This overview of the potential former and recent distribution of the flat-headed cat is a first step to improve conservation efforts for this threatened felid. Verification of model predictions by field surveys is urgently needed, with camera-trapping efforts directed towards: (1) areas around lowland freshwater sources within forests where flat-headed cats are more likely to be detected; (2) plantation-dominated landscapes to corroborate–or cast doubt on–Khan's records of them living in plantations  for which we could not find any support and where further research needs to show whether flat-headed cats occur at forest edges and enter plantations; (3) small forest fragments that have been isolated for decades to see what sort of minimum patch size is realistic; (4) upland forests along major rivers and on well-watered upland plateaux with good forest cover to see how much of a role, if any, these areas could play in the species conservation; (5) investigations of large landscapes of logging estates to see if the findings from Deramakot  are generally representative. Postulations that flat-headed cats and other swamp forest specialists such as the otter civet (Cynogale bennettii) or the hairy-nosed otter (Lutra sumatrana) live in low-impact logging landscapes would give a high support to argue for their maintenance as low-impact logging estates rather than converting them into plantations.
Besides the intensification of large-scale survey efforts in lowland, peat swamp and mangrove forests, detailed site-specific multiple year studies using different methods simultaneously (e.g. radio-tracking, camera-trapping) would be needed to refine current knowledge on habitat and food preferences and requirements. Suitable areas for this purpose are the Pahang Peat Swamp Forest, Senepis Buluhala, Sabangau Peat Swamp Forest, Tasek Merimbun National Park, Kinabatangan Wildlife Sanctuary or Deramakot Forest Reserve where flat-headed cats have been recorded recently.
Our study showed that large areas of the predicted former distribution range have already been transformed into croplands or plantations, and based on the records from this study and our experiences we cast doubt on the statement that flat-headed cats live and reproduce in plantations. Furthermore, the low proportion of key forest areas under complete protection emphasises the urgency of further conservation action. We consider the flat-headed cat suitable to serve as a flagship species for the protection of several other endangered species associated with the threatened tropical lowland and peat swamp forests.
Summary of recent and historical records of the flat-headed cat Prionailurus planiceps.
(0.04 MB XLS)
Flat-headed cat from the Kinabatangan Wildlife Sanctuary (ConCaSa).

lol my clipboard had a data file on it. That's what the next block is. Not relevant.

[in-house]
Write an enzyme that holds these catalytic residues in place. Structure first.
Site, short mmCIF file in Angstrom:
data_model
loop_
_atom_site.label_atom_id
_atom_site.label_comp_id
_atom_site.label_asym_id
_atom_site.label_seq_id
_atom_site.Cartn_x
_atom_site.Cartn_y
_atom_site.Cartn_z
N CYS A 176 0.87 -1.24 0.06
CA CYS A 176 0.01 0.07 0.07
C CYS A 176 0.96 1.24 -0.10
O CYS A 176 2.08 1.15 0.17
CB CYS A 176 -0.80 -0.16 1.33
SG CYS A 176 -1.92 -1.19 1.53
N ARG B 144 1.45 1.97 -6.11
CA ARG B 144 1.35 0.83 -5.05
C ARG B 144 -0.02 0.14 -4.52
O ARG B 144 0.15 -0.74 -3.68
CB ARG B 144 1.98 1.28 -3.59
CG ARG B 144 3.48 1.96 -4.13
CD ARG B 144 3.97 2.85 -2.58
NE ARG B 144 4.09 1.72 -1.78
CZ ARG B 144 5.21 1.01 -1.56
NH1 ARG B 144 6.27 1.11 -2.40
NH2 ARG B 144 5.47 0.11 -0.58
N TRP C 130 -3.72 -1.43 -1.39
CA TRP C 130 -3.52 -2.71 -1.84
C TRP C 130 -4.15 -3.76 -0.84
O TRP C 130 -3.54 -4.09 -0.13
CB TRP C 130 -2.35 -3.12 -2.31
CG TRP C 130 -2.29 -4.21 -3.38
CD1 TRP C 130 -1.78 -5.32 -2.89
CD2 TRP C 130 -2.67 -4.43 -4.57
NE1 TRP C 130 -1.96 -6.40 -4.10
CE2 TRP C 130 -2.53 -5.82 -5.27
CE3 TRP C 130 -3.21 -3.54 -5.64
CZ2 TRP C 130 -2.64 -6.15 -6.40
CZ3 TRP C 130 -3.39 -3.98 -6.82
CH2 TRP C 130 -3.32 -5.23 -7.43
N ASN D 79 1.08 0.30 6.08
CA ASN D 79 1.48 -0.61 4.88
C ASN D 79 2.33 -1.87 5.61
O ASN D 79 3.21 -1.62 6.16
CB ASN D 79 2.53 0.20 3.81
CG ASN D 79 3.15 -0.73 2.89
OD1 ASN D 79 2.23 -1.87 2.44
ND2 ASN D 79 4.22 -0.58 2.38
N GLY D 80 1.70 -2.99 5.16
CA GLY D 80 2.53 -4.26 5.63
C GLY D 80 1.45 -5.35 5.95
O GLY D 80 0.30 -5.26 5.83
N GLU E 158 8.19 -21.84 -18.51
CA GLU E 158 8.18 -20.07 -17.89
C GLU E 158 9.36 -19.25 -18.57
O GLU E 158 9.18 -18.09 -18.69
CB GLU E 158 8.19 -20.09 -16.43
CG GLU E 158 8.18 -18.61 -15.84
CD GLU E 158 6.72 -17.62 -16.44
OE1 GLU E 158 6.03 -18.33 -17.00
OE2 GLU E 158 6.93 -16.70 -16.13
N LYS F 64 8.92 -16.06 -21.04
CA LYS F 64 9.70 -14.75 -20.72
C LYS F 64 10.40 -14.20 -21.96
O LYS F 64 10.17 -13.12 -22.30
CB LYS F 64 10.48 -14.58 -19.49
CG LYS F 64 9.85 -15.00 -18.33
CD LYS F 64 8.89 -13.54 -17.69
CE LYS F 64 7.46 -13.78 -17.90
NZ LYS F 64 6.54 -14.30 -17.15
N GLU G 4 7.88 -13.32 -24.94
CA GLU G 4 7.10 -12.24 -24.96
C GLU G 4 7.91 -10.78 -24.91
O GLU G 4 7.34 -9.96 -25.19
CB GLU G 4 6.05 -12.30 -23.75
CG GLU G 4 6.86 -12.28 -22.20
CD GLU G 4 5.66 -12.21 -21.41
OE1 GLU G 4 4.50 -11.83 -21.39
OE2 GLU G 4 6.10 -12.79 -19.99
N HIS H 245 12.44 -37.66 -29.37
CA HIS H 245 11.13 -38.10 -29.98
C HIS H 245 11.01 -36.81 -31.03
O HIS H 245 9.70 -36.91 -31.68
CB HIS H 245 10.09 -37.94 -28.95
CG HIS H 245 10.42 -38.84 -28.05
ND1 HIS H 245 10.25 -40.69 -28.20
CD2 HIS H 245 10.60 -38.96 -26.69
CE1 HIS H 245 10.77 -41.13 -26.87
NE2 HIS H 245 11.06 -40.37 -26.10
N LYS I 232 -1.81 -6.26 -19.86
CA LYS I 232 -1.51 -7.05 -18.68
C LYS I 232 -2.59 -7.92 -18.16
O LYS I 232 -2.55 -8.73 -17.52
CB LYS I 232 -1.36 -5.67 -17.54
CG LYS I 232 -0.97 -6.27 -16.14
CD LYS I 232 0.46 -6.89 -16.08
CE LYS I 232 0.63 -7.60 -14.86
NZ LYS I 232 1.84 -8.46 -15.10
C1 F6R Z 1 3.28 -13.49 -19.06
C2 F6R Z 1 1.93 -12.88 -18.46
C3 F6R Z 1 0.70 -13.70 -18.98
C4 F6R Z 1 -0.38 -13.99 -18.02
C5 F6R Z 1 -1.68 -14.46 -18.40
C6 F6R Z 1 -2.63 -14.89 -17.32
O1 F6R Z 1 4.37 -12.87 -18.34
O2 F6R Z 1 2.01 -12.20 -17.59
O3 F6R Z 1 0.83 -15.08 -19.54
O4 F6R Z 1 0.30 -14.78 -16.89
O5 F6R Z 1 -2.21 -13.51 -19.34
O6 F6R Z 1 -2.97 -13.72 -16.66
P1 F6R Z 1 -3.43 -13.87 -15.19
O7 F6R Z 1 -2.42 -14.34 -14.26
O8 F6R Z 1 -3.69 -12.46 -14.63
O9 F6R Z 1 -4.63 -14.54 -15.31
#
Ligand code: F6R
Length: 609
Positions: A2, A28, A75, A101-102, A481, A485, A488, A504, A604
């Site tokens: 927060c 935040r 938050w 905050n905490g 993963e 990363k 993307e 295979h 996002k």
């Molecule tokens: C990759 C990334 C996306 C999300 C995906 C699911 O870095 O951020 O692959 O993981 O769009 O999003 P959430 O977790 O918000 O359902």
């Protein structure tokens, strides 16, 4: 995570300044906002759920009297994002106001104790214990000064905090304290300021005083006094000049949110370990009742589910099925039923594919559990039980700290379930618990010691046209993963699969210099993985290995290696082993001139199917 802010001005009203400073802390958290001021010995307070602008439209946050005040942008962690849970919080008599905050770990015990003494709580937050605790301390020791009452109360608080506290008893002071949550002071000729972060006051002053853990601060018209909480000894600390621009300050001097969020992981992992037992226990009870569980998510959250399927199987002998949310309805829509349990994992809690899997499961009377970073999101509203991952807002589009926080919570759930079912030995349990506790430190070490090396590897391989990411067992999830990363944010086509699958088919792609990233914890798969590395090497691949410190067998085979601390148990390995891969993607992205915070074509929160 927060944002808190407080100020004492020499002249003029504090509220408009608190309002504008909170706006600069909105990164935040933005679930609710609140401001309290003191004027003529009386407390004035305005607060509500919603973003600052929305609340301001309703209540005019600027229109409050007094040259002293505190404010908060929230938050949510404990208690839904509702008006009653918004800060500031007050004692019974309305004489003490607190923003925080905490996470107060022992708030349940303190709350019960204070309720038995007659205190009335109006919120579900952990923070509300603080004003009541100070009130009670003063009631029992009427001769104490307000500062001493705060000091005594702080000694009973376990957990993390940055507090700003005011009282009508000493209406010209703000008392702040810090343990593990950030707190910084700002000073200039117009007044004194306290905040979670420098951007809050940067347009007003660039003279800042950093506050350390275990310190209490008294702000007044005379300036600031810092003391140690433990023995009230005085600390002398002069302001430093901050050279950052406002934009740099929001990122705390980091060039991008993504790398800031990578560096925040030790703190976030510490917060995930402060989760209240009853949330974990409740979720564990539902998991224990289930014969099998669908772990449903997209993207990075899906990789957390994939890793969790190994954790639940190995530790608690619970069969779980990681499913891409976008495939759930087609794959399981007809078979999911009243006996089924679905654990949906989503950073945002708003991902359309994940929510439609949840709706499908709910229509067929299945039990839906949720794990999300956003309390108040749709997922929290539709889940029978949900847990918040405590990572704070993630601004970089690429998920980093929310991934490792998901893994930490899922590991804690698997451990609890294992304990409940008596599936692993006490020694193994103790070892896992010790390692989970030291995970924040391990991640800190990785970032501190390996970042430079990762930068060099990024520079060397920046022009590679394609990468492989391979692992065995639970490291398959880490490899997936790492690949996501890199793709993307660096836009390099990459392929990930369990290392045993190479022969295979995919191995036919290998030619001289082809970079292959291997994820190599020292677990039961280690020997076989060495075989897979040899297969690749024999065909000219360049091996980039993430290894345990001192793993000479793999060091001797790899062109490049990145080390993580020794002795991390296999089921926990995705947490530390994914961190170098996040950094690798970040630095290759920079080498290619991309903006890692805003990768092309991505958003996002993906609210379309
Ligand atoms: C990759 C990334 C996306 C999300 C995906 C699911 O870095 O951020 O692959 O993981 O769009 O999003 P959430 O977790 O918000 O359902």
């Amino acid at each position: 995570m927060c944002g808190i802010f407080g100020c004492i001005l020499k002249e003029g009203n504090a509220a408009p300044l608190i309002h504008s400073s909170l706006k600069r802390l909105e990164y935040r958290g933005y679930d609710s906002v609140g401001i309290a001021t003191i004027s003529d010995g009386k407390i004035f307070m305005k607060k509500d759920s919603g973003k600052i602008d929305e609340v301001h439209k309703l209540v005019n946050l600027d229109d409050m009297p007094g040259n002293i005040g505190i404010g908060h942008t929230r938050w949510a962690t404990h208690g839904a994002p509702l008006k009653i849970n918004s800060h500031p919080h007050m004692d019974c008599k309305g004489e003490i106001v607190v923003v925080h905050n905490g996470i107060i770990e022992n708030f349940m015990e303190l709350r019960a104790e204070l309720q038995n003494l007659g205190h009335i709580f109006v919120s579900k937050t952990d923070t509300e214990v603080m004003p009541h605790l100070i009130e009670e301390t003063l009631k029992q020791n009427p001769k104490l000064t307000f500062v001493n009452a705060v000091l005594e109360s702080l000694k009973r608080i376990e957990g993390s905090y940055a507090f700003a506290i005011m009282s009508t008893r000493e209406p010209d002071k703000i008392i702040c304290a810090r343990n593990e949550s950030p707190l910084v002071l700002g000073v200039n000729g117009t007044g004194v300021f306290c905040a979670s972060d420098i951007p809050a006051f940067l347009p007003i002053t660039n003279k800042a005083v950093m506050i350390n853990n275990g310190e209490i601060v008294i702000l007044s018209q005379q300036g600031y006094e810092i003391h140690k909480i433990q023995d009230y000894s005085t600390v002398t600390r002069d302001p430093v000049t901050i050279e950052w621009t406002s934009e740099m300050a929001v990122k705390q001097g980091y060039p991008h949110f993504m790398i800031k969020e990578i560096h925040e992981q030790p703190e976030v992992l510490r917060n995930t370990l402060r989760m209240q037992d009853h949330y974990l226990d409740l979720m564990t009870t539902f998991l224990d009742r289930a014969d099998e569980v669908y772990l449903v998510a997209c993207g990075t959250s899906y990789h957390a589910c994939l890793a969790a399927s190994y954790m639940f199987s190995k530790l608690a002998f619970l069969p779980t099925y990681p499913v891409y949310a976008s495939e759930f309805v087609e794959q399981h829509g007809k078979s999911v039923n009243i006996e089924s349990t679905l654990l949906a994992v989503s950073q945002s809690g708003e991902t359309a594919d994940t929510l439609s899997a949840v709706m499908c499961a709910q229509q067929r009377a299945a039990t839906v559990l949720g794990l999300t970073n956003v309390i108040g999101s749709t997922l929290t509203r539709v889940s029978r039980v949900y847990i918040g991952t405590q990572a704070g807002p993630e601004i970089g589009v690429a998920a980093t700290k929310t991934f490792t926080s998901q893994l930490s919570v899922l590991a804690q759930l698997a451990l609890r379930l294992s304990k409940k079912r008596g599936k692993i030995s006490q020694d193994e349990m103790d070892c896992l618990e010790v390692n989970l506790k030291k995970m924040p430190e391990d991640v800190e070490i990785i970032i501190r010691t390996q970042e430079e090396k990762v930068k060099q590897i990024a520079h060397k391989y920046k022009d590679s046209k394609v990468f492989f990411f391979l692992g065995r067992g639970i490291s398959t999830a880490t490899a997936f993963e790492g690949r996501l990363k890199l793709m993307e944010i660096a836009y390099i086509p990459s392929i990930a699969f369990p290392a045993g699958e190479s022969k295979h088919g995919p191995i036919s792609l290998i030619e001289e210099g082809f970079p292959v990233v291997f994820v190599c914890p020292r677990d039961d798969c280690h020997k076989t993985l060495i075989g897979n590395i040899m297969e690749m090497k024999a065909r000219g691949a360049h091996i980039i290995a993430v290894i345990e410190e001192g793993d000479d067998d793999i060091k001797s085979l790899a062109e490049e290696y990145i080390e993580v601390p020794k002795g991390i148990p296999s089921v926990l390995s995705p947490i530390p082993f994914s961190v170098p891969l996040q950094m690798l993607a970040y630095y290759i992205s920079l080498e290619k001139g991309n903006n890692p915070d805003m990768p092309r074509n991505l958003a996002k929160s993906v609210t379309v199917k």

(7.56 MB MP4)
We thank Marc Ancrenaz, Ang BeeBiaw, Henry Bernard, Mark Bezuijen, Namfon Cutter, Mark Rayan Darmaraj, Sahat July Tirta Dewi, Veerle Dossche, Gabriella M. Fredriksson, Magnus Gagnelid, Lon I. Grassman, Budsabong Kanchanasaka, Kae Kawanishi, Andrew Kitchener, Sanath Kumaran, Tim Laman, Barney Long, Anthony Lynam, Debbie Martyr, Jennifer McCarthy, Erik Meijaard, Wilson Novarino, Samhan Nyawa, Rajanathan Rajaratnam, Chris Shepherd, Nay Myo Shwe, Robert Stuebing, Su Su, Stephan Wulffraat, Dennis Yong and M. Yunus for discussion and assistance. We thank SarVision LLC and WWF for providing the Borneo land cover classification and the following museum institutions for providing a list of their flat-headed cat specimen: AMNH American Museum of Natural History, RMNH Naturalis, Leiden National Museum of Natural History, SMNS Staatliches Museum für Naturkunde Stuttgart, USNM Smithsonian Institution of National Museum of Natural History, ZMB Museum für Naturkunde Berlin, and ZRC Zoological Reference Collection University of Singapore. We thank the Department of Wildlife and National Parks, Malaysia, the Malaysian Nature Society, the Zoological Park Organization of Thailand and the Directorate General of Forest Protection and Nature Conservation - Department of Forestry, Indonesia. Furthermore AW, AJH, AM and JR are grateful to the Economic Planning Unit of Malaysia for issuing research permits for Sabah and the Sabah Wildlife Department, Sabah Forestry Department and the University Malaysia Sabah for their support. AJH & JR thank Yayasan Sabah, Danum Valley Management Committee and the FACE Foundation for issuing permission to conduct their research and Glen Reynolds and the Royal Society SEARRP for logistical support. SMC undertook this work in collaboration with David W. Macdonald. and their work on Bornean felids is part of the WildCRU/Panthera collaboration, and was carried out within the OuTrop-CIMTROP multi-disciplinary research project in the northern Sabangau forest, Central Kalimantan, Indonesia. SMC gratefully thanks Dr Suwido Limin and the Centre for the International Cooperation in Management of Tropical Peatlands (CIMTROP) for supporting her research and providing invaluable logistical support. MAJ thanks the Sabah Forestry Cooperation, Sarawak Forestry Department and the Universiti Malaysia Sarawak.
Conceived and designed the experiments: AW AC. Performed the experiments: AW AC DH. Analyzed the data: AW AC HH. Wrote the paper: AW AC. Contributed to the data collection: AW AJH AM CT SMC SS MAJ JR AS CB JS JWD. Edited the manuscript: AJH DH AM CT SMC SS MAJ JR ACS AS SD CB JS JWD HH.